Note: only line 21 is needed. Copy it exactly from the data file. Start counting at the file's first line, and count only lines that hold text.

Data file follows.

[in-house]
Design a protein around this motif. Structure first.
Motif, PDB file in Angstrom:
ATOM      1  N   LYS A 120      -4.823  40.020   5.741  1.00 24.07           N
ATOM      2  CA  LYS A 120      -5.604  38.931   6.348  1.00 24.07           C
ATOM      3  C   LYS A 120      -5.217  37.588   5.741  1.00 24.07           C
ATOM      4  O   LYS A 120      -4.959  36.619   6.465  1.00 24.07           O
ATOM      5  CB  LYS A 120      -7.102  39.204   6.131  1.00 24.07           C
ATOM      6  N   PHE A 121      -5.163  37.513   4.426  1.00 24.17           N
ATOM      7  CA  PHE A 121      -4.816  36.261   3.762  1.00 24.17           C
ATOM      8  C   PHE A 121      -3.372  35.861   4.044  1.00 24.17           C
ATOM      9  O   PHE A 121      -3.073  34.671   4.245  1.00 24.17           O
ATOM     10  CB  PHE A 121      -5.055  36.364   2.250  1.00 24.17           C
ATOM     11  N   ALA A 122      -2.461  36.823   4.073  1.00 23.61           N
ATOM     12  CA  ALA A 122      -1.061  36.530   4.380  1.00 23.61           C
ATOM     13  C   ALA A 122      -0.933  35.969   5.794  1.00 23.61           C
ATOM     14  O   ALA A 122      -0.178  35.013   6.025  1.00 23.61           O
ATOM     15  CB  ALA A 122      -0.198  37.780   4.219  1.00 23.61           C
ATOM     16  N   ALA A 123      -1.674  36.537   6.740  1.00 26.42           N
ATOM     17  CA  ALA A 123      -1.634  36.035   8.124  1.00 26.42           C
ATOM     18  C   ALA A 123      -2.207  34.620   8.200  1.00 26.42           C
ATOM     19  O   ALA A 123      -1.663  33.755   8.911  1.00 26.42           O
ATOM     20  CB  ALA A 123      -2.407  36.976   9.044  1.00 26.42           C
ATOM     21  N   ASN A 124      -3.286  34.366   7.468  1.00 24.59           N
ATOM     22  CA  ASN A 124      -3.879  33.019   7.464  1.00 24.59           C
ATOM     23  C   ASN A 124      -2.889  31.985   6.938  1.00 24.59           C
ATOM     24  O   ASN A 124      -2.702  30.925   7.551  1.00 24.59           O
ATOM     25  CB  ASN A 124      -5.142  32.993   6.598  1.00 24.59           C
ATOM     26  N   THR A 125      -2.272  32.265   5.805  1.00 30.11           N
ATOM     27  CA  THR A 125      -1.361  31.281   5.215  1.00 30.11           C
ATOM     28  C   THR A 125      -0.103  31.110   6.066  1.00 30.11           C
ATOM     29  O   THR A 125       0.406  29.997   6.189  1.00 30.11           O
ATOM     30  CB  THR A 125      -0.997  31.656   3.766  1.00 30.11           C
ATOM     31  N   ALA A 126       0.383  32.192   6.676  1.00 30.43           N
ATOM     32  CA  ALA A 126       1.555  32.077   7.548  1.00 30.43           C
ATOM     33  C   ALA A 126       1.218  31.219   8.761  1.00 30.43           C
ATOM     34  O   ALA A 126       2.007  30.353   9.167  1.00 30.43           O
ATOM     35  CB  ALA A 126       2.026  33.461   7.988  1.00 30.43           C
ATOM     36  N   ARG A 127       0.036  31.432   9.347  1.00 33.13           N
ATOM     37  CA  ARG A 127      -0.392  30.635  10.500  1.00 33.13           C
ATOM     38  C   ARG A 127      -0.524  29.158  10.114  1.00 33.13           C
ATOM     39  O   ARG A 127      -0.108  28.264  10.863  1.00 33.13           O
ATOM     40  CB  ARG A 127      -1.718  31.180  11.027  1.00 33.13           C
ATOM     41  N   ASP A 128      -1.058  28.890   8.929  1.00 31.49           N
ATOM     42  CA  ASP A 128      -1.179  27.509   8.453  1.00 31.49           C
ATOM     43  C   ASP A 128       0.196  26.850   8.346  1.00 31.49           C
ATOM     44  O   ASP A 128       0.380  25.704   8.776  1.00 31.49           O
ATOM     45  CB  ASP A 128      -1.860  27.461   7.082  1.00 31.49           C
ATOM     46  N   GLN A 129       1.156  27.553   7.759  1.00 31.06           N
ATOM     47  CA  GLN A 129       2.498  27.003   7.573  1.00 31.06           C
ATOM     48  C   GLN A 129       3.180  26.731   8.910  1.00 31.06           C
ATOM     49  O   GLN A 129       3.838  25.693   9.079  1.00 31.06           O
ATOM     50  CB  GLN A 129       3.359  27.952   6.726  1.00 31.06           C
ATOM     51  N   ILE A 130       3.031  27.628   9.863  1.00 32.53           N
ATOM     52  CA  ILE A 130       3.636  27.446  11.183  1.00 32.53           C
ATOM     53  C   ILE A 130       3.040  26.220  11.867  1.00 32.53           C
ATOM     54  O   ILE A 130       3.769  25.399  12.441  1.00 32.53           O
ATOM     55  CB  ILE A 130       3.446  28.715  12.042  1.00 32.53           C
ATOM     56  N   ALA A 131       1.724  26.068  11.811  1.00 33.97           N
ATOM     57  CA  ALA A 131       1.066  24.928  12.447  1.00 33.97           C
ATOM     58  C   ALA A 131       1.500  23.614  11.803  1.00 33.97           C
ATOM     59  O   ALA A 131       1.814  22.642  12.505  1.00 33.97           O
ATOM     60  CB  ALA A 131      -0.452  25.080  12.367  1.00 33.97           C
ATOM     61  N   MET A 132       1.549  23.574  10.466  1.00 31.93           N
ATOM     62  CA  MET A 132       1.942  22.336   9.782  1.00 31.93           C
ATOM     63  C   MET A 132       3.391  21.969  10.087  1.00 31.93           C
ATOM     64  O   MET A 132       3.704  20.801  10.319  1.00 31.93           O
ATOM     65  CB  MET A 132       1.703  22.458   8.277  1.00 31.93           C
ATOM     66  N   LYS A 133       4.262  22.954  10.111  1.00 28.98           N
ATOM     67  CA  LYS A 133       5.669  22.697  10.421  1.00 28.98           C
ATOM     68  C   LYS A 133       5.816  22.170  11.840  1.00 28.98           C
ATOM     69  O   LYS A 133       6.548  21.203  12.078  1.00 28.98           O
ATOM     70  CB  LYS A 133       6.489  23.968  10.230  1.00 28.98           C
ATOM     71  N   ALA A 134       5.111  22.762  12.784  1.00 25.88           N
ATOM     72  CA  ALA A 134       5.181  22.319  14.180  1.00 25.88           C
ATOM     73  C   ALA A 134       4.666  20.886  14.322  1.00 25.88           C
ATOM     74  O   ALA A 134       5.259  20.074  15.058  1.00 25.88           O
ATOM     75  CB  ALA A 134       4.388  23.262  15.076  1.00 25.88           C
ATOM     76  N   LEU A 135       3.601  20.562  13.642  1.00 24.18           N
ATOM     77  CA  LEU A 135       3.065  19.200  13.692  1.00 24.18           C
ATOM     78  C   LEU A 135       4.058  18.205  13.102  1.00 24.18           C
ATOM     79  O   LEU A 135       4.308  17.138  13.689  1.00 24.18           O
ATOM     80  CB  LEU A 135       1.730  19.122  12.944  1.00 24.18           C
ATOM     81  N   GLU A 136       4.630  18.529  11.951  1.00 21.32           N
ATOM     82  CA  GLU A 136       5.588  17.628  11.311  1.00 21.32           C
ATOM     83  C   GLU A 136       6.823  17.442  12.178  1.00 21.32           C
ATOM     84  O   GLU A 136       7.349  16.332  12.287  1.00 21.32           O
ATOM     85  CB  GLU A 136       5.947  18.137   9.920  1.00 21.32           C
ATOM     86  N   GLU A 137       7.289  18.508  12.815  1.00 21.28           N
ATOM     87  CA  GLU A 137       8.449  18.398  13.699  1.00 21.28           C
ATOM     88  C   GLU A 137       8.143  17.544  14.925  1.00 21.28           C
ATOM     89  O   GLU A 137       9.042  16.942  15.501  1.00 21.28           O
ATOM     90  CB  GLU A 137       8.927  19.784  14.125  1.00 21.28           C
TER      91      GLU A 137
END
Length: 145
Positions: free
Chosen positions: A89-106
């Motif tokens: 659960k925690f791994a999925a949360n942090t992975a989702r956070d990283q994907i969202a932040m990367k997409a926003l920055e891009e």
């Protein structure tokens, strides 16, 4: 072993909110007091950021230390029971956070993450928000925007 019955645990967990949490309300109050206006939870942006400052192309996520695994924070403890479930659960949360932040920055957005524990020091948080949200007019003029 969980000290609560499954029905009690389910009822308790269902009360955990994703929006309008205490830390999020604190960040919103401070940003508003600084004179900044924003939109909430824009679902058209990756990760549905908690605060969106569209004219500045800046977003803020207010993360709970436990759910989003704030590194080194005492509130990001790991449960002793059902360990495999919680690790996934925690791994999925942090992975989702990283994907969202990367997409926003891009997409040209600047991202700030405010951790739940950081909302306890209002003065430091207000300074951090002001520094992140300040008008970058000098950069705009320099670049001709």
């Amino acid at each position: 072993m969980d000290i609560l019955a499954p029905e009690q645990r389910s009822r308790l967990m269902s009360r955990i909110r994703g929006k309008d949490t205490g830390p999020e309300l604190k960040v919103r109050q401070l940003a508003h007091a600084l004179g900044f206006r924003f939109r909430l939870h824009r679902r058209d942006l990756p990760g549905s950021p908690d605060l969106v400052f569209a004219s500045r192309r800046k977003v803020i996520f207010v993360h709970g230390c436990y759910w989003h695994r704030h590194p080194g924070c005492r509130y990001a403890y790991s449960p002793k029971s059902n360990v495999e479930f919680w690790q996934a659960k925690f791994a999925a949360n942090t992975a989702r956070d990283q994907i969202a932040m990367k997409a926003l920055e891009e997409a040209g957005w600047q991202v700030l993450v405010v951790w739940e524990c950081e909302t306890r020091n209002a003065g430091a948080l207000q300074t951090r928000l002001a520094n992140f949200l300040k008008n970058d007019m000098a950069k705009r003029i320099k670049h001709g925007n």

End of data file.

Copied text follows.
ATOM     18  C   ALA A 123      -2.207  34.620   8.200  1.00 26.42           C